Autoneum is one of the leading manufacturers in vehicle acoustic and thermal management solutions. Some call them the best in class in this segment. Where ever a car has parts for noise reduction or heat isolation, the chances are high that Autoneum’s products are on-board. The parts are used in the interior, engine bay and the car’s underbody. The company’s major clients in the North America unit are Ford (responsible for 17% of Autoneum‘s total net turnover), Nissan, Volvo as well as BMW and Daimler.

"Delivering sloppy components or delivering not on time, could quickly become a nightmare and damage a long built reputation."

Erased Over Night

The Tier 1 supplier for the global automotive industry, the Zurich-listed company (Ticker AUTN SX Equity) appeared in early October 2019 suddenly in the news: "The misconduct and inability of Autoneum's American business unit, cost Group CEO Martin Hirzel his job" described Swiss newspaper Neue Zürcher Zeitung the debacle. Rumors said, major shareholders–including billionaire Michael Piper–lost its patience about massive losses in Autoneum’s North America unit and forced Hirzel to leave the driver seat with immediate effect. On October 28, also the CFO, Martin Zwyssig, left the company. By choice?

Delicate problems at two U.S. plants (the exact locations are kept secret as Autoneum's Investor Relations department refused to disclose) led to what the company described as "inefficiencies". These inefficiencies caused losses to increase month-after-month towards the end of 2018–any beyond. As a Tier 1 supplier to premium car manufacturers, delivering sloppy components or delivering not on time, could quickly become a nightmare and damage a long built reputation.

Big Clients, Little Mercy

Car manufacturers simply hate interruptions in their tightly timed supply chain process–no matter if they are called Ford, GM, BMW or Volvo. All of them show very little mercy for any quality or timing issues. Based on automotive industry reports, to deescalate the delicate situation, Autoneum had to grant massive price discounts. In some cases, certain parts had to be flown in from Europe with very short notice to match the client quality criteria and ultimately prevent Autoneum from multimillions of contract penalties. Eventually, the bill amounted to a loss of USD 60 million in just 18 months.

In the rear mirror, the situation was influenced by the following operational challenges–which are quite family to other Mittelstand companies doing business in the USA:


  • Lack of Skilled Labor
    Due to a tight labor market and a very different variety of skill sets, especially in advanced manufacturing industries, it is challenging to find skilled employees with at least a basic engineering and automotive background. The situation in many States is different to the DACH Region (Germany, Switzerland or Austria), where apprenticeship programs are in place since many decades.Especially in the automotive industry, even the manufacturing of simple components has become a sometimes complex, highly precise process that demands high-skilled professionals. "Hiring from the street" and even staffing via external temp agencies isn't a good idea: A company can run into serious trouble if the skill sets of its workforce continuously mismatch the requirements and faces on-going quality issues.In certain regions and States, community colleagues and universities have partnered with KMU/Mittelstand companies to build a skill-rich workforce development. The number of DACH-region companies introducing apprenticeship programs at their U.S. branches is increasing every year.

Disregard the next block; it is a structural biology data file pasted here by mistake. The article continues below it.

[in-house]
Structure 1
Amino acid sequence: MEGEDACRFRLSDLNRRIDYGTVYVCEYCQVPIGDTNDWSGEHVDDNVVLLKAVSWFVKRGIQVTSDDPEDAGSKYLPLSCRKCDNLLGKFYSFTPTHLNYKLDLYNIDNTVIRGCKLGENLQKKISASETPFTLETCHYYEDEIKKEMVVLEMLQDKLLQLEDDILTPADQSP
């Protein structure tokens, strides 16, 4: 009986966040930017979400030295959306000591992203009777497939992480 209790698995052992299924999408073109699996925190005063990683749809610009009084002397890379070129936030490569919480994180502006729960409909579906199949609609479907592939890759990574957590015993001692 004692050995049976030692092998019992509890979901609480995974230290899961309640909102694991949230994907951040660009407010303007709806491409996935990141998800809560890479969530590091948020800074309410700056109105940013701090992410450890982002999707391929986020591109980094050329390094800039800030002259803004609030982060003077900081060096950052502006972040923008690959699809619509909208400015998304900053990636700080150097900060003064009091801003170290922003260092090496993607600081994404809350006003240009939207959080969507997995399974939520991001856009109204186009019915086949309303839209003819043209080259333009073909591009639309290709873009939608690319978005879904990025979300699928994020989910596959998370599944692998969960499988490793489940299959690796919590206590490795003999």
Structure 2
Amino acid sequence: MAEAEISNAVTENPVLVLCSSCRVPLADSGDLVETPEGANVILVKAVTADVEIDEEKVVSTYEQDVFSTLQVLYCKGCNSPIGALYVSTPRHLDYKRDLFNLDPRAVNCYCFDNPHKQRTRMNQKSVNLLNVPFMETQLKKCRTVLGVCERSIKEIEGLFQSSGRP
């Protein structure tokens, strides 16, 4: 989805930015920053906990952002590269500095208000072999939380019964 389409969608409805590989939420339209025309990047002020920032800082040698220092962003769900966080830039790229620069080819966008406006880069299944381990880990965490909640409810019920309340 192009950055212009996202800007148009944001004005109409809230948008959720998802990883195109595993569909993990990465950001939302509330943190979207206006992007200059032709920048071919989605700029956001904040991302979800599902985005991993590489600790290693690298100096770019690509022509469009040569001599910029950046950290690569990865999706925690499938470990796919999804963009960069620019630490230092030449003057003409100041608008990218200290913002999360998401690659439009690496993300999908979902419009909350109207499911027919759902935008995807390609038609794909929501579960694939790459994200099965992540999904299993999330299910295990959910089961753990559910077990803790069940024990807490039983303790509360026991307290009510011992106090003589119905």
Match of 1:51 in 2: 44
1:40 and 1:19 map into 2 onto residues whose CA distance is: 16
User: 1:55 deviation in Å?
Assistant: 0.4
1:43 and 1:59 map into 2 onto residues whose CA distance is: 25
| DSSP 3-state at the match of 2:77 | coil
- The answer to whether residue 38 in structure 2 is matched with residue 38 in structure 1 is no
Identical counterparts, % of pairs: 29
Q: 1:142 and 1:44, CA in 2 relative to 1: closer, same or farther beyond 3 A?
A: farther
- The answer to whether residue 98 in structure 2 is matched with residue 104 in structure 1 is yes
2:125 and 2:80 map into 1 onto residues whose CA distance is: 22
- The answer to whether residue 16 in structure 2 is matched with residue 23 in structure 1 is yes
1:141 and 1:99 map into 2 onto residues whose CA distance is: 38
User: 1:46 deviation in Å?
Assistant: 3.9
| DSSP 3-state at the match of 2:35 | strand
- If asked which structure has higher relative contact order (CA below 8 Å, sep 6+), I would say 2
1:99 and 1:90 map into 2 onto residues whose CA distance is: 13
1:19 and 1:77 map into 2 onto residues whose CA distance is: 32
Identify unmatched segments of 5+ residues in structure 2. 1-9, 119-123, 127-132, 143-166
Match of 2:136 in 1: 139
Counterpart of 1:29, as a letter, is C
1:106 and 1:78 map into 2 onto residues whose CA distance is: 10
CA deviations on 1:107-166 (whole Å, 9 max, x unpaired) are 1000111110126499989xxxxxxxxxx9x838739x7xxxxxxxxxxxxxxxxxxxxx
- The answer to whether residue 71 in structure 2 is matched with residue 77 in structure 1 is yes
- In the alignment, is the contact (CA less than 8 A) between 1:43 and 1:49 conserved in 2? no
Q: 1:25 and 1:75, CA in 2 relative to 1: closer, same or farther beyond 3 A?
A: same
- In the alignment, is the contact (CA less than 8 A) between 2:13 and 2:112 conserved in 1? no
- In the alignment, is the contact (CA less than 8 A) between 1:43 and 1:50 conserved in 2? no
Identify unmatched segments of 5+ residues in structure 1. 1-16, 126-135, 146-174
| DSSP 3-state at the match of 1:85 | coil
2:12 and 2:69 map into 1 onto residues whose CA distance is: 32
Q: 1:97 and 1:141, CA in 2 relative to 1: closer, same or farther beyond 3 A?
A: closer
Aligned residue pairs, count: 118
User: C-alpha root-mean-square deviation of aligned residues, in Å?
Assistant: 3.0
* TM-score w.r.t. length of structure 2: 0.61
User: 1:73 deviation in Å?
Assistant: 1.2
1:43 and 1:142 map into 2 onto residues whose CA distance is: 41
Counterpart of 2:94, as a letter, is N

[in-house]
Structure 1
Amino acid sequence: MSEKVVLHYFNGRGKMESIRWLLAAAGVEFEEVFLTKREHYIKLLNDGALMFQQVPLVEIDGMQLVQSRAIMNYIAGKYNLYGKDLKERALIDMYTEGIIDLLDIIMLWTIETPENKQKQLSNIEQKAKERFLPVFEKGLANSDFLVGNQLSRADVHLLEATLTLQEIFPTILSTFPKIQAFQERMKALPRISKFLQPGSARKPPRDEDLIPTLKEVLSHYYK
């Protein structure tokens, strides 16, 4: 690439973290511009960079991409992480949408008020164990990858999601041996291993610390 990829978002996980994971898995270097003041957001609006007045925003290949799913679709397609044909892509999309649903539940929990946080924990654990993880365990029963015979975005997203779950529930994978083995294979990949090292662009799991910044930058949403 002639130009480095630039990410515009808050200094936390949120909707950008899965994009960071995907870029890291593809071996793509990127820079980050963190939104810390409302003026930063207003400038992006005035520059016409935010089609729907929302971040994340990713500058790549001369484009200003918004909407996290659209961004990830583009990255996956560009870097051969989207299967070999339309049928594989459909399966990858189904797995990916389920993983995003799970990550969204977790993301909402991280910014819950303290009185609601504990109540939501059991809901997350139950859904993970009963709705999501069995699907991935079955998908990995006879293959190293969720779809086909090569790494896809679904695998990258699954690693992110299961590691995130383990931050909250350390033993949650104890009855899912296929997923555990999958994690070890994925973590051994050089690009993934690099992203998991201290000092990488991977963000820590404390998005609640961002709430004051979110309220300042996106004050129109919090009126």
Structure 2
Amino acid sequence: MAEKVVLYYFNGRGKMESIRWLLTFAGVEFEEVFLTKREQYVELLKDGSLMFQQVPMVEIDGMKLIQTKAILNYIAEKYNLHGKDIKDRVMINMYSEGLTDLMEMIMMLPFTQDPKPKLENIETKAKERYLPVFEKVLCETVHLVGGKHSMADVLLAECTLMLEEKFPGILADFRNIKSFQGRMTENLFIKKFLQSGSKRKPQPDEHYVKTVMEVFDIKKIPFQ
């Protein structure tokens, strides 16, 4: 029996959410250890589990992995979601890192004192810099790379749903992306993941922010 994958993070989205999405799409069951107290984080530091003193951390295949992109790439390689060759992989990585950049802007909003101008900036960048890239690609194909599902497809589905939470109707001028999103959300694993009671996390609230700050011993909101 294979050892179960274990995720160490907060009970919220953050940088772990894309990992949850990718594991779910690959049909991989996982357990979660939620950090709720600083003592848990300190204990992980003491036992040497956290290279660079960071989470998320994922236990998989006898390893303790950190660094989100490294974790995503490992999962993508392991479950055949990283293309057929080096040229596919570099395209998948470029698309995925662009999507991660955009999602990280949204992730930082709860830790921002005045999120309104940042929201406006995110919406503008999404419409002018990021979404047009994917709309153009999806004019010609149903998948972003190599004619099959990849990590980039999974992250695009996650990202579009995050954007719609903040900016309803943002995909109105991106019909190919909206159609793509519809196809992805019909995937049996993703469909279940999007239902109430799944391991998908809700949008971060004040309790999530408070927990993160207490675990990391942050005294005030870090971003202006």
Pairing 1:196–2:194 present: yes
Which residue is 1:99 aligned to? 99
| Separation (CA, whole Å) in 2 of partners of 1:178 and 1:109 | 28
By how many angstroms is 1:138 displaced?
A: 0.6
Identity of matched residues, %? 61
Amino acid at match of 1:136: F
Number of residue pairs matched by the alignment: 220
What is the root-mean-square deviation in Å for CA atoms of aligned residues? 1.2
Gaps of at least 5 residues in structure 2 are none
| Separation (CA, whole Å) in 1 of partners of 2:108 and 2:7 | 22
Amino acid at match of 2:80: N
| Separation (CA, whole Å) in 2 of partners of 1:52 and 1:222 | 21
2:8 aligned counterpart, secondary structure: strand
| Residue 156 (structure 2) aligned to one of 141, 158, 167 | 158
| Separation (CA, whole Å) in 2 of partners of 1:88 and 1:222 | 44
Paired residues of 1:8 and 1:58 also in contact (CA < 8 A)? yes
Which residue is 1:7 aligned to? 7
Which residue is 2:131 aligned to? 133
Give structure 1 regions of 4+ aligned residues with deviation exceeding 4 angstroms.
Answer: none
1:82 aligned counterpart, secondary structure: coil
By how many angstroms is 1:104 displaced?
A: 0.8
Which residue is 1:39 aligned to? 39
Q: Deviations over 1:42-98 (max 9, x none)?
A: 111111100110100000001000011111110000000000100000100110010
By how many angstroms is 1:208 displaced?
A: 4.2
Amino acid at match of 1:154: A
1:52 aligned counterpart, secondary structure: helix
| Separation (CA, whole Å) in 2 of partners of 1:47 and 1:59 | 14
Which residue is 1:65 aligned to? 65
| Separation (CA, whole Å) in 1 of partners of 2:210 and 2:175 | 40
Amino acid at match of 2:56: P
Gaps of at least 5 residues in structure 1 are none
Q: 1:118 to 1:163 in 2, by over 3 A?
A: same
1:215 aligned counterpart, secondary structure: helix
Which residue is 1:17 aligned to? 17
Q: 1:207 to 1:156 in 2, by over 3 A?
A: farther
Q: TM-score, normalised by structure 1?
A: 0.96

• Underestimated Training Requirements
    It is not uncommon, that D-A-CH companies frequently underestimate the training requirements for their machinery and high-tech production equipment. Even for fast learners it could take months until they could operate production equippment (CNC etc.) or execute auality assurance processes for production parts properly. A lack of training processes is a high risk! Therefore, a strict training schedule is very beneficial for new sites or start-ups–otherwise, chaos is close. Training sessions and testing should be a top prioritized goal of the local HR department in close collaboration with the product team leads and general manager. Also, in many cases, it turned out necessary that instructors and supervisiors (from the company’s European HQ) need to stay much longer than initially planned. A constant rotation of expats rotating in the U.S. subsidiary is not unusual and often helps building a transatlantic colleagueship.